Our home was one floor above hers. I raised three children there and Diana Spencer shared hers with three girlfriends.
We began to get clues as to what was going on – The Three Degrees (one of Charles’s favourite groups) were played at full blast, flowers were left outside their door.
Diana outside her flat in 1981. The future-princess said she ‘didn’t have a background’ when she spoke to neighbour Danae Brook in her first ever interview
Diana was painfully shy and self-deprecating, with no self-confidence. After work she would slip into the lift carrying an orange and a Crunchie bar with the Evening Standard tucked under her arm.
She wore little make-up, and seemed to want to be invisible. ‘She likes Crunchies,’ said my youngest. ‘She got us one each!’
It turned out my two youngest, sweet, naughty boys of eight and nine, Orion and Liam, were friendly enough with her for her to buy them an occasional treat at the shop. She introduced herself to them as ‘Diana’, not even ‘Lady Diana’.
When a stunning photo of Diana, looking about 15 with the sun streaming through her skirt, appeared on the front pages announcing her presence in Prince Charles’s life, my sons saw it on the breakfast table.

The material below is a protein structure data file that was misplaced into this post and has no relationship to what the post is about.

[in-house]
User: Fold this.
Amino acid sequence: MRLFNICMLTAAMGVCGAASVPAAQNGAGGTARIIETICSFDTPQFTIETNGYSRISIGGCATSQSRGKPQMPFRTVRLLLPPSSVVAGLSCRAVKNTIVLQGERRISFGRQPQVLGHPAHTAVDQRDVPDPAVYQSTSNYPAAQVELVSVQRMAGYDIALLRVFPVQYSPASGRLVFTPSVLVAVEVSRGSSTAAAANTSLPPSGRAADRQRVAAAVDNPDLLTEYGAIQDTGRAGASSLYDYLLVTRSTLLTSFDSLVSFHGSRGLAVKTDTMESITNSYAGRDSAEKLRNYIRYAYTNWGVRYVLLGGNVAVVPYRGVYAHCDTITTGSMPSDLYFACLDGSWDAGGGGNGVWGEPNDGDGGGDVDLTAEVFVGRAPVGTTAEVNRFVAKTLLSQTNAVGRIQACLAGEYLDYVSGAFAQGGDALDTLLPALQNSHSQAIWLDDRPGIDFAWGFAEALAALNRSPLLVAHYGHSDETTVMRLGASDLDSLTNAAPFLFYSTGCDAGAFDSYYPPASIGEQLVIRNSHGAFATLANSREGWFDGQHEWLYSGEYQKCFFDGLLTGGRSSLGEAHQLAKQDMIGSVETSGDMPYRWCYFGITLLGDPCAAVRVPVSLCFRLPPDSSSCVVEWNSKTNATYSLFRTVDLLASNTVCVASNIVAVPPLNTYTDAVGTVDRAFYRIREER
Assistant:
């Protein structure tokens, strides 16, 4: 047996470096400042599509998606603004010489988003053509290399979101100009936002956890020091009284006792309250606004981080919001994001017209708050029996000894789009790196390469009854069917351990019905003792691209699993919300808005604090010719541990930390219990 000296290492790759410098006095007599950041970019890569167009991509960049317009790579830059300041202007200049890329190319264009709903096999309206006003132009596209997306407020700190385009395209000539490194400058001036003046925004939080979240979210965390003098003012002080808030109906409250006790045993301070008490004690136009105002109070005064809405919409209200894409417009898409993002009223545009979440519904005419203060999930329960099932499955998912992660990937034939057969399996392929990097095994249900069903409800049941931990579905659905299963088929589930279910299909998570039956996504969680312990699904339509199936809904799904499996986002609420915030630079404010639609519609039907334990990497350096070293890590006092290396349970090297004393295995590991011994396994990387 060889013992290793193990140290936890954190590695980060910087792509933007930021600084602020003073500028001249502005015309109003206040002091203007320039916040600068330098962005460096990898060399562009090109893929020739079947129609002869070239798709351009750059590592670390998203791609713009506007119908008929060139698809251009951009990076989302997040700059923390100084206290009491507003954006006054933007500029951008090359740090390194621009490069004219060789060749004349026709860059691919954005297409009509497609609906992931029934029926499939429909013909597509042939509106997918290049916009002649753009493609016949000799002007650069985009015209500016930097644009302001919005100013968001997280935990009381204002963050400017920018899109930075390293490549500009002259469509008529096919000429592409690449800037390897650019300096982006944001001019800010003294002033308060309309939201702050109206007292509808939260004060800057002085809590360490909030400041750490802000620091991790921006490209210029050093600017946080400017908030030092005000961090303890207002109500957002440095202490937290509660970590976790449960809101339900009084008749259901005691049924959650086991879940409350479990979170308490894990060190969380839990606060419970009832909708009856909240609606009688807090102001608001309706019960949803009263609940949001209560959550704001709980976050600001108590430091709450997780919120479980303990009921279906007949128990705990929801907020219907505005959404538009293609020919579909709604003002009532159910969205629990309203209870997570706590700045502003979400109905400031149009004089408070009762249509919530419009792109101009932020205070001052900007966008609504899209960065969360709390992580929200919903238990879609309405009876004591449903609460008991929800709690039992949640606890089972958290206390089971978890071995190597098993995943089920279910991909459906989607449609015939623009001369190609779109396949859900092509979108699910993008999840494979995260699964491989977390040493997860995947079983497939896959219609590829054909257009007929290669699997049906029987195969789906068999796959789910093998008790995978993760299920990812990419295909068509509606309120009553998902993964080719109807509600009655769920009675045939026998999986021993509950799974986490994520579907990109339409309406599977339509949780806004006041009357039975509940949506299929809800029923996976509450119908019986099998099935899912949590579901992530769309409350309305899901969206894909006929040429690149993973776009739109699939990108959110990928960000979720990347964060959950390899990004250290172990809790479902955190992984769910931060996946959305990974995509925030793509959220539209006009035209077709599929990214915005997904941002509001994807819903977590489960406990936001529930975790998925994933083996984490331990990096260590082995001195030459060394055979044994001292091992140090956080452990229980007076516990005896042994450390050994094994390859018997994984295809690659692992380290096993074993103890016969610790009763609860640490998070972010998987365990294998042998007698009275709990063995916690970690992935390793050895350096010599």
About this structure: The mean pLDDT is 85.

‘We know her,’ they squealed. ‘She lives here. She likes oranges, we see her in Mr Barnsley’s shop.’
I was astonished. Diana was the Prince-About-Town’s new squeeze. I could not believe the shy nursery school teacher was the future wife of a future king. One week on I needed no more convincing.
Not only Diana, but the whole building was under siege. Day and night people would ring the bells madly, hoping to speak to Prince Charles’s new girlfriend.
I watched as she became more and more stressed. Every morning when she tried to jump into her red Mini, photographers would race her to the first set of traffic lights, hoping she would be stopped long enough for them to get a shot or, worse, that they would cause a little accident, which would give a more dramatic shot.
We’d sometimes go up in the lift together or walk up the road with the children and she’d tell me about her work and ask where my children would go to school next.
Nothing intimate, just neighbours getting to know each other. Then things became more immediate, more dramatic, as the roar of the motorbikes chasing her became more threatening.
Diana is pictured attending the funeral of Princess Grace of Monaco. Several times in passing she had expressed her annoyance at being quoted when she’d not given a quote. ‘I need to say what I feel,’ she said. ‘Not what somebody else thinks I feel’
Everything was skewed by a sense of the pressure she was under. So when she became more and more upset with Charles for giving her no assistance with the Press, I wasn’t surprised when she decided she should make a statement.